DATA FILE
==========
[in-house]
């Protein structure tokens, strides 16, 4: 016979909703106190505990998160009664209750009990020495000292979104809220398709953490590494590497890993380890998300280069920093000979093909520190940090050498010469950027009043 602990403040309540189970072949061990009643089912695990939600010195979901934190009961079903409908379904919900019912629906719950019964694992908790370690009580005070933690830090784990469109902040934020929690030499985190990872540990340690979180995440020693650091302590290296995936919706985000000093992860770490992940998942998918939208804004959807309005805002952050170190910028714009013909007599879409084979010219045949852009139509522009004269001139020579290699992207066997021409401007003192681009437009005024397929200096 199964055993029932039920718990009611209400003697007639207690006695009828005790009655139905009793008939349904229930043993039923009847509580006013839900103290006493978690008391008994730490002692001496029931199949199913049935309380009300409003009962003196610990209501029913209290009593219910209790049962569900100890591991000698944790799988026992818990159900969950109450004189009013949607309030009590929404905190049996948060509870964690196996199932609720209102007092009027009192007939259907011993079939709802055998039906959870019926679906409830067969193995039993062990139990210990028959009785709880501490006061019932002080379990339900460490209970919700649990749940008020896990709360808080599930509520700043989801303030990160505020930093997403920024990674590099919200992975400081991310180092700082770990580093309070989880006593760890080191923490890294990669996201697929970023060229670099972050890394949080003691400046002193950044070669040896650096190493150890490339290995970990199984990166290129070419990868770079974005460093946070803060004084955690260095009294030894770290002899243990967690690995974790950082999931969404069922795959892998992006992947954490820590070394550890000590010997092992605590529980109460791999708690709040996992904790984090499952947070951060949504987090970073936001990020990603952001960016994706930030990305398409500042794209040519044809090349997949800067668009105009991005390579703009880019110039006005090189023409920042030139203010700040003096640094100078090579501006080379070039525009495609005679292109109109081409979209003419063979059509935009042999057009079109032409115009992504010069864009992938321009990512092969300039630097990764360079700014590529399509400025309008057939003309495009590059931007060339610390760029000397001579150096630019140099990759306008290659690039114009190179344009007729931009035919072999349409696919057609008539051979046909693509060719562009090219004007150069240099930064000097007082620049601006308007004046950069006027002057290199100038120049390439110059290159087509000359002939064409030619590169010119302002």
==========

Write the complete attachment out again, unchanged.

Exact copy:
[in-house]
């Protein structure tokens, strides 16, 4: 016979909703106190505990998160009664209750009990020495000292979104809220398709953490590494590497890993380890998300280069920093000979093909520190940090050498010469950027009043 602990403040309540189970072949061990009643089912695990939600010195979901934190009961079903409908379904919900019912629906719950019964694992908790370690009580005070933690830090784990469109902040934020929690030499985190990872540990340690979180995440020693650091302590290296995936919706985000000093992860770490992940998942998918939208804004959807309005805002952050170190910028714009013909007599879409084979010219045949852009139509522009004269001139020579290699992207066997021409401007003192681009437009005024397929200096 199964055993029932039920718990009611209400003697007639207690006695009828005790009655139905009793008939349904229930043993039923009847509580006013839900103290006493978690008391008994730490002692001496029931199949199913049935309380009300409003009962003196610990209501029913209290009593219910209790049962569900100890591991000698944790799988026992818990159900969950109450004189009013949607309030009590929404905190049996948060509870964690196996199932609720209102007092009027009192007939259907011993079939709802055998039906959870019926679906409830067969193995039993062990139990210990028959009785709880501490006061019932002080379990339900460490209970919700649990749940008020896990709360808080599930509520700043989801303030990160505020930093997403920024990674590099919200992975400081991310180092700082770990580093309070989880006593760890080191923490890294990669996201697929970023060229670099972050890394949080003691400046002193950044070669040896650096190493150890490339290995970990199984990166290129070419990868770079974005460093946070803060004084955690260095009294030894770290002899243990967690690995974790950082999931969404069922795959892998992006992947954490820590070394550890000590010997092992605590529980109460791999708690709040996992904790984090499952947070951060949504987090970073936001990020990603952001960016994706930030990305398409500042794209040519044809090349997949800067668009105009991005390579703009880019110039006005090189023409920042030139203010700040003096640094100078090579501006080379070039525009495609005679292109109109081409979209003419063979059509935009042999057009079109032409115009992504010069864009992938321009990512092969300039630097990764360079700014590529399509400025309008057939003309495009590059931007060339610390760029000397001579150096630019140099990759306008290659690039114009190179344009007729931009035919072999349409696919057609008539051979046909693509060719562009090219004007150069240099930064000097007082620049601006308007004046950069006027002057290199100038120049390439110059290159087509000359002939064409030619590169010119302002």